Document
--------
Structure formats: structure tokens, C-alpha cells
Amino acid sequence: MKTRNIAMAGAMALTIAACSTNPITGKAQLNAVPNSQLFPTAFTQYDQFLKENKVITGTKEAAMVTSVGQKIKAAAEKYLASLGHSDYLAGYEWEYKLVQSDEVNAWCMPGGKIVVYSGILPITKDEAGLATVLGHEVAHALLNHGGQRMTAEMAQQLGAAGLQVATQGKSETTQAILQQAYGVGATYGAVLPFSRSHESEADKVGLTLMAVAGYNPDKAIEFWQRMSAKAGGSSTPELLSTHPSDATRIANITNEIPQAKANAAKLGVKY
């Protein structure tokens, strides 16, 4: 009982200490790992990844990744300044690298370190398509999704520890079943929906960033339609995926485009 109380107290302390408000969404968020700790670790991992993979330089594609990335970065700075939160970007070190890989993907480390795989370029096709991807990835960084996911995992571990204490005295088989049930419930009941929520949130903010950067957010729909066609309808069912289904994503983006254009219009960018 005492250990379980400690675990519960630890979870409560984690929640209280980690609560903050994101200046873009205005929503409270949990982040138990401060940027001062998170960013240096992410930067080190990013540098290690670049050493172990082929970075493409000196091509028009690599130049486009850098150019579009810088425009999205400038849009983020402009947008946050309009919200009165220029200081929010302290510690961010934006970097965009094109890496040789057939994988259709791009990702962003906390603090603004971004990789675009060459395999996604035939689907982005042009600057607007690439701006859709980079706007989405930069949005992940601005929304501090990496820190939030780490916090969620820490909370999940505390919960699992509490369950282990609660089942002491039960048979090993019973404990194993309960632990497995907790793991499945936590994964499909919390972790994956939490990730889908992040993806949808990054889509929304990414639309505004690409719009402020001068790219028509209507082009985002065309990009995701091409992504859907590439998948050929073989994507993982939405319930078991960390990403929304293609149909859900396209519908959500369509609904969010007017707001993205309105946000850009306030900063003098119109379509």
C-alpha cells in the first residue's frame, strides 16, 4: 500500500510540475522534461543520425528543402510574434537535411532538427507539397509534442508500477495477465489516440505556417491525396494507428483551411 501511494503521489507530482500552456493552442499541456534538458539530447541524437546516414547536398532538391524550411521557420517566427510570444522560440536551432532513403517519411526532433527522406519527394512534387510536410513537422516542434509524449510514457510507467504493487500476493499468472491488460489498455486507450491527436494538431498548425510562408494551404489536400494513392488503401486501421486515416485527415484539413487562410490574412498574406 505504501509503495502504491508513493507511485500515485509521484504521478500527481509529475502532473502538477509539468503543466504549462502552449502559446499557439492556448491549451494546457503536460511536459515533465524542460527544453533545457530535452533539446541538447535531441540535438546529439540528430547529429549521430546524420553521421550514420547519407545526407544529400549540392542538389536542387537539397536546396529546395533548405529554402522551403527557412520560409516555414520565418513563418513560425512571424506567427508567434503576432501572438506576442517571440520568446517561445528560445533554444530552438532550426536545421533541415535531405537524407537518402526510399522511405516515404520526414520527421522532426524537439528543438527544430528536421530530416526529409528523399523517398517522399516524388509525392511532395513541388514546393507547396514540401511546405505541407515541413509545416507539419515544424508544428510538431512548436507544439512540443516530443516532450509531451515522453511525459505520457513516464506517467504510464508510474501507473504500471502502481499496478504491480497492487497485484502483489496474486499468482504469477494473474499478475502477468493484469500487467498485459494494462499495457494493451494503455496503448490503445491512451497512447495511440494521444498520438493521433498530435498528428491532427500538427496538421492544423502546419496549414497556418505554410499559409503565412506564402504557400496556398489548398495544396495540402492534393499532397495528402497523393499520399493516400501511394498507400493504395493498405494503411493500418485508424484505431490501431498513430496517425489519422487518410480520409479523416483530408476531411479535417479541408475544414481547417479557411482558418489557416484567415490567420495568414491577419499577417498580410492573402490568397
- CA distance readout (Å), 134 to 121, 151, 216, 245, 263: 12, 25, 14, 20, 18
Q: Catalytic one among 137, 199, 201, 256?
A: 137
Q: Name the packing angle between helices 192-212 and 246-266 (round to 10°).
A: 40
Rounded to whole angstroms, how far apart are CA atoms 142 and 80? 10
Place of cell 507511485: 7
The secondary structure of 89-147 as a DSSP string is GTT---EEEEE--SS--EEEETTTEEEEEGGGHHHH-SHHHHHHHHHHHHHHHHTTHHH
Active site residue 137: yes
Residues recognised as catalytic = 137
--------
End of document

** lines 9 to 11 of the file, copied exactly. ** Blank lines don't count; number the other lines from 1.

A: 40
Rounded to whole angstroms, how far apart are CA atoms 142 and 80? 10
Place of cell 507511485: 7